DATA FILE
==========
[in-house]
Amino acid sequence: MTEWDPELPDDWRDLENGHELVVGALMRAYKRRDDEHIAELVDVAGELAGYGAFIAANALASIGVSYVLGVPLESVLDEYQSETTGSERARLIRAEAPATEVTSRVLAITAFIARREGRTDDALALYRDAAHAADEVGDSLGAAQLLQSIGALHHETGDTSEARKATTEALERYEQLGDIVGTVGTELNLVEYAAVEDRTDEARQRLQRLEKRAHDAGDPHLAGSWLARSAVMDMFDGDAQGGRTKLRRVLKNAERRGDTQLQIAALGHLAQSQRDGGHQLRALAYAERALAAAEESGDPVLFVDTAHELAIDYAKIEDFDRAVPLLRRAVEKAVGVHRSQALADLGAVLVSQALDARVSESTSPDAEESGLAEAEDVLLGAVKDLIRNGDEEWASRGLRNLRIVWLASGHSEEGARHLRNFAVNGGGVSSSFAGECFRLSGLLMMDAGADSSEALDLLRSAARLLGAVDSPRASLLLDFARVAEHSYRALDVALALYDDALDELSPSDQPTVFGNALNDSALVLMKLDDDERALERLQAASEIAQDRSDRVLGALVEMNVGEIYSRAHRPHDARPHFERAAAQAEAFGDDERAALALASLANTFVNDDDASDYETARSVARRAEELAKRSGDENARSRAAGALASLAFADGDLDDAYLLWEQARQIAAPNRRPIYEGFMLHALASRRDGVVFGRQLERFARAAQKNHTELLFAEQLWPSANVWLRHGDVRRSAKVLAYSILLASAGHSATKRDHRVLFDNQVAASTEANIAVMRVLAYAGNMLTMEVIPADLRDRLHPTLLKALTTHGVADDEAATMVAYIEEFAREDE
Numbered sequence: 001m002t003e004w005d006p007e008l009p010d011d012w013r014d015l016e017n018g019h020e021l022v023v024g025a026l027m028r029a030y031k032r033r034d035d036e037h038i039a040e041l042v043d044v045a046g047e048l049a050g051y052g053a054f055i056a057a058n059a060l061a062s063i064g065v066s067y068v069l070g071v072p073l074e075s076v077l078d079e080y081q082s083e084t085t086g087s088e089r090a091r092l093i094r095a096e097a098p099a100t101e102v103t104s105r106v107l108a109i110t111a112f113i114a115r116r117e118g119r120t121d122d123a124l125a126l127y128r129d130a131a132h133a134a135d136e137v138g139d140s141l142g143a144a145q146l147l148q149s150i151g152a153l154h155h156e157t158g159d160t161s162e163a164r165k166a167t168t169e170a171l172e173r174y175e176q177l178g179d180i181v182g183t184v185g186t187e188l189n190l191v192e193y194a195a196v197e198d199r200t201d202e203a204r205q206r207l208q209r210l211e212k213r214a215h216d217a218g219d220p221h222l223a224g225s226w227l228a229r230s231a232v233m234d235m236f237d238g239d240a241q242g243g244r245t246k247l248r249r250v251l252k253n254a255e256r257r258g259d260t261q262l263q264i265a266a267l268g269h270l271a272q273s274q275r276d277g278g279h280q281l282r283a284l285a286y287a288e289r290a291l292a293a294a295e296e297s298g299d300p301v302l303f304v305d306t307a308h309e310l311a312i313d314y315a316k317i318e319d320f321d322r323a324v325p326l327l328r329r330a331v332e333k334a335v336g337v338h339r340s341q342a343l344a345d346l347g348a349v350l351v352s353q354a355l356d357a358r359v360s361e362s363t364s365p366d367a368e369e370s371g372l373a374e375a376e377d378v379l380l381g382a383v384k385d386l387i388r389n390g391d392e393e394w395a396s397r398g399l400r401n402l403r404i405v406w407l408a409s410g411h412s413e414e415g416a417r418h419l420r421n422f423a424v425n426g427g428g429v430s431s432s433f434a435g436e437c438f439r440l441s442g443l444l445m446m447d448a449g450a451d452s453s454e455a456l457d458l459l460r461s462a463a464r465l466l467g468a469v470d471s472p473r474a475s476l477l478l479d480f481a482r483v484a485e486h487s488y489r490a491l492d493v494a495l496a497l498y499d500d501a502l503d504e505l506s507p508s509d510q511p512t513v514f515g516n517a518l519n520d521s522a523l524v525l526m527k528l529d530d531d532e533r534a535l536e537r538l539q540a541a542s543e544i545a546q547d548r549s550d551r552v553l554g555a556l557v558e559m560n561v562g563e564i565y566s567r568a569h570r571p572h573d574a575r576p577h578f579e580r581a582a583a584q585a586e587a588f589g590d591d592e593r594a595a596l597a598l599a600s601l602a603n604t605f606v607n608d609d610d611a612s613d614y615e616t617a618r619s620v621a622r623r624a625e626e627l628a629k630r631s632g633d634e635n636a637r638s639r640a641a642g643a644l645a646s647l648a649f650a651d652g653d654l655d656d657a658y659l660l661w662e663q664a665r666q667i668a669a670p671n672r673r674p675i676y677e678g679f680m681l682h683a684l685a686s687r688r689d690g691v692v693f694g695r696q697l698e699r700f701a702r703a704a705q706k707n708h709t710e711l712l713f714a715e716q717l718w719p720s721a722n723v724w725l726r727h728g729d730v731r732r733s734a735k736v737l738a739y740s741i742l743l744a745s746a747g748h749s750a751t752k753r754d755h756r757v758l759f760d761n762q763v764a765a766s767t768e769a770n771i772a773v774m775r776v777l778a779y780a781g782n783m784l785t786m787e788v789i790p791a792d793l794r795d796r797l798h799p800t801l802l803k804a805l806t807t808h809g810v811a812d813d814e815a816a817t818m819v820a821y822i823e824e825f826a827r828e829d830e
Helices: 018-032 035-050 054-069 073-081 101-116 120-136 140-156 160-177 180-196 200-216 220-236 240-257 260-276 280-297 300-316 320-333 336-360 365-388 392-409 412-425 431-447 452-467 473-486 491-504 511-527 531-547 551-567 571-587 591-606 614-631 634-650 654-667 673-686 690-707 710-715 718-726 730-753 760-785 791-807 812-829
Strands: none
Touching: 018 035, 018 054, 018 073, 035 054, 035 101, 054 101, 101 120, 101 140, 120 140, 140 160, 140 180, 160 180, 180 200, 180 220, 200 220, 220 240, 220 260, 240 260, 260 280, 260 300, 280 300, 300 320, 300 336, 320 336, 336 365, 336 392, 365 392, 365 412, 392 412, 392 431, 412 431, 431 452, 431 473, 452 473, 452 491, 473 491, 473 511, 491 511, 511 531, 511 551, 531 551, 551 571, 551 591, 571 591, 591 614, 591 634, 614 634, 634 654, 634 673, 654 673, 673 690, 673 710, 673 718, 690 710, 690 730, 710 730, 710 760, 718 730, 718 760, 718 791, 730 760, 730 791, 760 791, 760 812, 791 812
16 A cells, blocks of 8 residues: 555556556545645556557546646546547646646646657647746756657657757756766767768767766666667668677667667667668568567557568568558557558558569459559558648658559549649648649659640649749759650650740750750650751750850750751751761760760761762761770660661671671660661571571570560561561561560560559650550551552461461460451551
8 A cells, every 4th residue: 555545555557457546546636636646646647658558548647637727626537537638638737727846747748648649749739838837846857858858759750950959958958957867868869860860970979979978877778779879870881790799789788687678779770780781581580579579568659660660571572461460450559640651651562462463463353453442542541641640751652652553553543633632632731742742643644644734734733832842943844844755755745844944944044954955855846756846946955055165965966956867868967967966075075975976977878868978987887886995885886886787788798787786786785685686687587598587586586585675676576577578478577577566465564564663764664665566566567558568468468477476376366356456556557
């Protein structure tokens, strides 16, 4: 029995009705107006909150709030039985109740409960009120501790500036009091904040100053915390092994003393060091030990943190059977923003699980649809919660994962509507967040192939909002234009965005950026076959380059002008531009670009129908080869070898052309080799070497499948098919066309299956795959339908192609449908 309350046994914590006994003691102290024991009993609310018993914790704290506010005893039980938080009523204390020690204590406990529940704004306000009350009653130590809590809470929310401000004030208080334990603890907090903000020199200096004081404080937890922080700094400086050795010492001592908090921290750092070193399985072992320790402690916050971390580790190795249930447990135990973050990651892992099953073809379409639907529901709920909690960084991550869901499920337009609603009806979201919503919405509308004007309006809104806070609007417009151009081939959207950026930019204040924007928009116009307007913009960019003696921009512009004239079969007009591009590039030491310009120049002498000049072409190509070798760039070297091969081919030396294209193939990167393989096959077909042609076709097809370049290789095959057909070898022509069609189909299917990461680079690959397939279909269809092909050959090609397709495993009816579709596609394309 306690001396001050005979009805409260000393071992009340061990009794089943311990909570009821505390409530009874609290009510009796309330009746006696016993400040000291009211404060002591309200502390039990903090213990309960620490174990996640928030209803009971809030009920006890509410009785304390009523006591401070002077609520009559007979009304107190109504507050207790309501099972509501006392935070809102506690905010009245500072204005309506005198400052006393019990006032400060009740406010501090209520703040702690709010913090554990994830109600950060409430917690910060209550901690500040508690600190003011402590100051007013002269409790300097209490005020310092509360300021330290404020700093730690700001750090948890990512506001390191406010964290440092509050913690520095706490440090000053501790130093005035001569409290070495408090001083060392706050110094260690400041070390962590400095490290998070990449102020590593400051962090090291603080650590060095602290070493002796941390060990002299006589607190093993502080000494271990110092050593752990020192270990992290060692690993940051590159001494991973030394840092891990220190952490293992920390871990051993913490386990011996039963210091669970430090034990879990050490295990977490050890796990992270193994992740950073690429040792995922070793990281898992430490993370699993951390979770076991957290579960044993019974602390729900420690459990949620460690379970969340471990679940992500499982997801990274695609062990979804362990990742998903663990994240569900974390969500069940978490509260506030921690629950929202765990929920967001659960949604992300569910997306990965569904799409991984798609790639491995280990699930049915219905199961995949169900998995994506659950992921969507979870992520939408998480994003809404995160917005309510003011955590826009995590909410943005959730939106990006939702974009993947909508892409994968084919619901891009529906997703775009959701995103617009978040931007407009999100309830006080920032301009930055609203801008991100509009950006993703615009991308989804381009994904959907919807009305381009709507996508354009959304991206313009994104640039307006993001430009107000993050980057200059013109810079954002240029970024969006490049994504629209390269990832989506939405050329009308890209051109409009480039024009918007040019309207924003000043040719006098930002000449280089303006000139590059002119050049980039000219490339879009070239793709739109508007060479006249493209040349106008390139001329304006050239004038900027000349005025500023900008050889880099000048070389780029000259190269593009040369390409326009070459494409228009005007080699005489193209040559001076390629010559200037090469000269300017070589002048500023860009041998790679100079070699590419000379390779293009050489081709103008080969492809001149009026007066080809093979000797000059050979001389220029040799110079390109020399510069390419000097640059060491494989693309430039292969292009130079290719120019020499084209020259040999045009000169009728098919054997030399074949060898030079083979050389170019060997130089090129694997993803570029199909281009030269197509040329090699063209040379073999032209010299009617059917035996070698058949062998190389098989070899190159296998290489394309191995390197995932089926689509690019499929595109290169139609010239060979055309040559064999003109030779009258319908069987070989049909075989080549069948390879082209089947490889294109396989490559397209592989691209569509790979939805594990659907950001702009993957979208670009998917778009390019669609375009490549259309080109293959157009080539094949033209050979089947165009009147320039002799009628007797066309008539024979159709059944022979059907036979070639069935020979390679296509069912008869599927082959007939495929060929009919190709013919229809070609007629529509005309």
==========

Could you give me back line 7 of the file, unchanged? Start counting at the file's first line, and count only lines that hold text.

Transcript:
16 A cells, blocks of 8 residues: 555556556545645556557546646546547646646646657647746756657657757756766767768767766666667668677667667667668568567557568568558557558558569459559558648658559549649648649659640649749759650650740750750650751750850750751751761760760761762761770660661671671660661571571570560561561561560560559650550551552461461460451551